After the 45 minutes, turn off the heat. Remove lid. Set timer for 5 minutes.
Then, having processed by either method....
STEP 6. Remove jars to cool
Make sure there's no air drafts in the kitchen. Using your jar lifters, move each jar to sit on a folded dish towel with space between the jars. Once they are all out, cover them with a clean, dry dish towel. While still in the canner, you may hear their lids sealing (POP! sound as the center of the lid goes down). My jars all seem to seal pretty quickly after removing them from the canner, usually in the first 15 minutes.
You may notice that the liquid and solids in the jar have separated in two. This is normal and does not mean you messed up. This occurs when the tomatoes are exposed to air before heating them. A natural enzyme that breaks down pectin is activated. You can avoid this using the food mill or sieve method by adding only a few cut up tomatoes into the pot, crush them and start them boiling, then add the rest of tomatoes to the pot as you cut them. Don't let them stick! If you're not bothered by the separation, just shake well before serving.
STEP 7. Check seals, store jars
After 24 hours, check to see if they have all sealed by pressing on the center of each lid. It shouldn't pop up or down. If you have one that didn't seal, move it to the refrigerator.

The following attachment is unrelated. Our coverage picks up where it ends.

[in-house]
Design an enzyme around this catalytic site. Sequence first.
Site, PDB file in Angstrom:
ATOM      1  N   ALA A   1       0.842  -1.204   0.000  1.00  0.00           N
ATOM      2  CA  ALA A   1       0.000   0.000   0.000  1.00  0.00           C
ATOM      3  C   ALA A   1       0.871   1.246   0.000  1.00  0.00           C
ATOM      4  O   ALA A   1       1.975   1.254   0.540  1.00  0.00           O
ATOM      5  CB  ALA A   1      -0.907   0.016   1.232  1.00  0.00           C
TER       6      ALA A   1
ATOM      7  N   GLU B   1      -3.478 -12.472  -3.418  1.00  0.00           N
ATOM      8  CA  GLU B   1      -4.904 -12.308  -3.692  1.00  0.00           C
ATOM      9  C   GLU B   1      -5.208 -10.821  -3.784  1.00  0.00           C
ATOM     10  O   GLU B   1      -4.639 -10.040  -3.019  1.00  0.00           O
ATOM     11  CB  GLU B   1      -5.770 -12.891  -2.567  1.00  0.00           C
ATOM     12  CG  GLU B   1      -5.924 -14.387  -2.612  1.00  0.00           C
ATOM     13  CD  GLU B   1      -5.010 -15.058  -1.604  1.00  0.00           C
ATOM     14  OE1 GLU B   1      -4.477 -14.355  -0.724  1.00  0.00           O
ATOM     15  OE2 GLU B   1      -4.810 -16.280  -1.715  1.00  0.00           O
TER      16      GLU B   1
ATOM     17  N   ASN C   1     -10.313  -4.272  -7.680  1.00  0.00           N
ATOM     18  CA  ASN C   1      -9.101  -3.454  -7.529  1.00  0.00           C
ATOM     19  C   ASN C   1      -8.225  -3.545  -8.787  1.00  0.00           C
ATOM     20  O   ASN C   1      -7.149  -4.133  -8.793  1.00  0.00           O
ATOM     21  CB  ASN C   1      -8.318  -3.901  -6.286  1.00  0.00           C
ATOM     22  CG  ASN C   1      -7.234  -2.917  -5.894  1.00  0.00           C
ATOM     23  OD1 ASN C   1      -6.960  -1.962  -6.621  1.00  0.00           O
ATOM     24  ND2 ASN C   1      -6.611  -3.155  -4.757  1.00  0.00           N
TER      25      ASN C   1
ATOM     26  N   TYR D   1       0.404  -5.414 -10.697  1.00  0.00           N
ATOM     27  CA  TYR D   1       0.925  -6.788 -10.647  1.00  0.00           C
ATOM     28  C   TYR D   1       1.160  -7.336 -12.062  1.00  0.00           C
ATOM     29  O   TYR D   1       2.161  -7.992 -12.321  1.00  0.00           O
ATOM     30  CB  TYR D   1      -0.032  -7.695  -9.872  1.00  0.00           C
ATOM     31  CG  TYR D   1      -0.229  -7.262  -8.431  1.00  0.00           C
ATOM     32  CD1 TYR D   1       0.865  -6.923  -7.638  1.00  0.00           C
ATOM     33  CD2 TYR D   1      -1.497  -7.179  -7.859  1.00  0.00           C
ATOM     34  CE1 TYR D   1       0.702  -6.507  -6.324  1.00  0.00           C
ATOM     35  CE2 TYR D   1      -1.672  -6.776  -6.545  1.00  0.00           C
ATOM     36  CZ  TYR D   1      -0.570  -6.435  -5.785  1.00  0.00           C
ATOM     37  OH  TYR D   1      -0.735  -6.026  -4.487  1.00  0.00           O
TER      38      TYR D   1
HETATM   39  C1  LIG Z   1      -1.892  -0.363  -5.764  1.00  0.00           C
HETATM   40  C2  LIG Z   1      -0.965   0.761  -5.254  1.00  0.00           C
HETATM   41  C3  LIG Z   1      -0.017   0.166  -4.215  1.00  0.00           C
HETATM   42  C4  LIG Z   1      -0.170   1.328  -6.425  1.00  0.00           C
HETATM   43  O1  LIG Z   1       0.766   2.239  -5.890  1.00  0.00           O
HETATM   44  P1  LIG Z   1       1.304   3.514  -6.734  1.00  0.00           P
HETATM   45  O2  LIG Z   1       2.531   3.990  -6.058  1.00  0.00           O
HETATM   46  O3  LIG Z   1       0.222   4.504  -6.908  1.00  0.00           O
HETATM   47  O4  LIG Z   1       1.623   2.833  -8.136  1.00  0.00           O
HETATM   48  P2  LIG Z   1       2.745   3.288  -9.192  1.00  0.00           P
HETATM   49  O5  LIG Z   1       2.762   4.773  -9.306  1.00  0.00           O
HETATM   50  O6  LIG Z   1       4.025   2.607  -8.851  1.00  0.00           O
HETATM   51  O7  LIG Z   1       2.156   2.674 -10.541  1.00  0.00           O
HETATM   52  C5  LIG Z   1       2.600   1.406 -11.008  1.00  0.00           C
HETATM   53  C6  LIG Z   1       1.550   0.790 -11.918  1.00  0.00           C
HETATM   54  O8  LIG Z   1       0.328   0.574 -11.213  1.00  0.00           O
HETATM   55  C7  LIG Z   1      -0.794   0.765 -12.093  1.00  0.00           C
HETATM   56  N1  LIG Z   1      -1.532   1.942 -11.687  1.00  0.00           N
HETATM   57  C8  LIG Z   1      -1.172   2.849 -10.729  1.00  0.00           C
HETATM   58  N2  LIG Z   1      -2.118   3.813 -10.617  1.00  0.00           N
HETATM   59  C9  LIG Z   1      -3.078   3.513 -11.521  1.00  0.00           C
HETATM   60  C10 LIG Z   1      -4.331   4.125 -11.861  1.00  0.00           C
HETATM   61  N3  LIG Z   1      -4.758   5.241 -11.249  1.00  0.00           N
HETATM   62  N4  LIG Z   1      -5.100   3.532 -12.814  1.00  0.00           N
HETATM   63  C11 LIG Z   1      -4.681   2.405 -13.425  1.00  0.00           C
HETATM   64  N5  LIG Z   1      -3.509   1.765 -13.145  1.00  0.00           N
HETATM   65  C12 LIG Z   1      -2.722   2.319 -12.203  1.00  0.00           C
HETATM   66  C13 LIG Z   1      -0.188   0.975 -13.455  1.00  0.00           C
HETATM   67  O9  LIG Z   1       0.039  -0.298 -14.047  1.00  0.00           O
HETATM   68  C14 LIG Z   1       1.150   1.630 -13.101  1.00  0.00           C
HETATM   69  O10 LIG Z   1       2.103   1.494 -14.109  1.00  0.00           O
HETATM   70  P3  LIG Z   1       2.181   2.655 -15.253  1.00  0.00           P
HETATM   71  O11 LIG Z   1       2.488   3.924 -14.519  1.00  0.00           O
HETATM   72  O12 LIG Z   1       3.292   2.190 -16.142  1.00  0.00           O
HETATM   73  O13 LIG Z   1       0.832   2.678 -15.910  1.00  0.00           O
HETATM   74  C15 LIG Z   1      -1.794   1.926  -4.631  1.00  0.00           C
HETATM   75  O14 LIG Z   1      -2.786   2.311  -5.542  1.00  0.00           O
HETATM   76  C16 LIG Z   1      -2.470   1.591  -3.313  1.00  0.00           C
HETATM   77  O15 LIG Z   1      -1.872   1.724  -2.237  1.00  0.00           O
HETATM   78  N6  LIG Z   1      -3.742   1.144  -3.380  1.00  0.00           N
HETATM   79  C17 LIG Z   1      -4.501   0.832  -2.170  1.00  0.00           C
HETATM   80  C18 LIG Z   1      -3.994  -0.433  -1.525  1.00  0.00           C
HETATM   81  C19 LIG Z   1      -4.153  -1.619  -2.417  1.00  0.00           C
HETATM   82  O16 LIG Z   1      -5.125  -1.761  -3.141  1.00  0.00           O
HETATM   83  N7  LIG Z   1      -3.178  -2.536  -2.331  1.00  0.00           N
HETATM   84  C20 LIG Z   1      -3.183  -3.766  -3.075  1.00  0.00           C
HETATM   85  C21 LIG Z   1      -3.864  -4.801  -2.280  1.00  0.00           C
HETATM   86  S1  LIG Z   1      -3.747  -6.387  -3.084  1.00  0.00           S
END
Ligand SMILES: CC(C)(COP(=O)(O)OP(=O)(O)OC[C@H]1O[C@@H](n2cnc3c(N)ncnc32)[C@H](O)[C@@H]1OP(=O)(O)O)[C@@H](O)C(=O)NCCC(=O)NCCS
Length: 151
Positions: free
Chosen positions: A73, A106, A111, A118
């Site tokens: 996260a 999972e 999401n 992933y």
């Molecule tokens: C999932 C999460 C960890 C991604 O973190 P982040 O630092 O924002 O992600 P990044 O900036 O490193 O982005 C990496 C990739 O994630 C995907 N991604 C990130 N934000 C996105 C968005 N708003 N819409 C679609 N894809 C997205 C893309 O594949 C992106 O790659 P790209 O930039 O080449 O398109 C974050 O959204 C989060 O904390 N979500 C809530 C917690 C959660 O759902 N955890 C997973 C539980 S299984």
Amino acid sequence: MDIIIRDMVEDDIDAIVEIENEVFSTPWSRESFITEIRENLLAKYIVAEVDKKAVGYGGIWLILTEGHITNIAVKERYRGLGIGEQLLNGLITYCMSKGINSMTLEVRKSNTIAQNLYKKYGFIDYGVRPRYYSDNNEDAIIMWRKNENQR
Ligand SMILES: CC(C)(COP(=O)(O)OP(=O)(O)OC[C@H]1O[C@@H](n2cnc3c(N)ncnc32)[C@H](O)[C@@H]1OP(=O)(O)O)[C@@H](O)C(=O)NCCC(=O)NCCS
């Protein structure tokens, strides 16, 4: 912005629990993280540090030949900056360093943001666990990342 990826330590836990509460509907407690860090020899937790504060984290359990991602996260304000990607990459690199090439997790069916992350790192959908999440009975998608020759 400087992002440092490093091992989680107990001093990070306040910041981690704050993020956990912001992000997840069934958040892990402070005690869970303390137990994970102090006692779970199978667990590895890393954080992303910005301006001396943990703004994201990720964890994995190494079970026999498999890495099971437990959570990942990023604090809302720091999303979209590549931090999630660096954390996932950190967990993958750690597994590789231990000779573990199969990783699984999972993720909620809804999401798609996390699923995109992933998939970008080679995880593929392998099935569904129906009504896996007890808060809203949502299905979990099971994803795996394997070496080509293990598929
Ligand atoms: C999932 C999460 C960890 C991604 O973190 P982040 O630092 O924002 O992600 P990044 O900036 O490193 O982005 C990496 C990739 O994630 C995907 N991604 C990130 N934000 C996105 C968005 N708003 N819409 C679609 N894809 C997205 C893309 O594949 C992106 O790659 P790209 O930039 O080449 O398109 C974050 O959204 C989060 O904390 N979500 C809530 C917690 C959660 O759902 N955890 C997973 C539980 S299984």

Remove the rings. Rinse, dry and label your jars. Store in a cool, dry place.
(Note: I have mentioned twice here about saving your leftover tomato pulp to use in other recipes. You may like my ketchup recipe.)
Disclaimer: I am not an expert. I came up with this recipe after trying several other similar, but crappy recipes and disgusting store bought juices. This recipe has not been approved by the USDA, FBI, AARP or any other letters of the alphabet. This recipe has not been tested on animals other than my H and myself - we both give it a thumbs up. I am not responsible for over-indulgence, nor for injury resulting from jumping up and down with excitement. I am not responsible for misspellings, grammatical errors, measuring/math or other things I didn't excel at in school. Nor am I responsible for vision impairment from reading this far down the page. Drink responsibly and enjoy.
With forty shades of green, it's hard to be blue.
Garg 'nuair dhùisgear! Virtutis Gloria Merces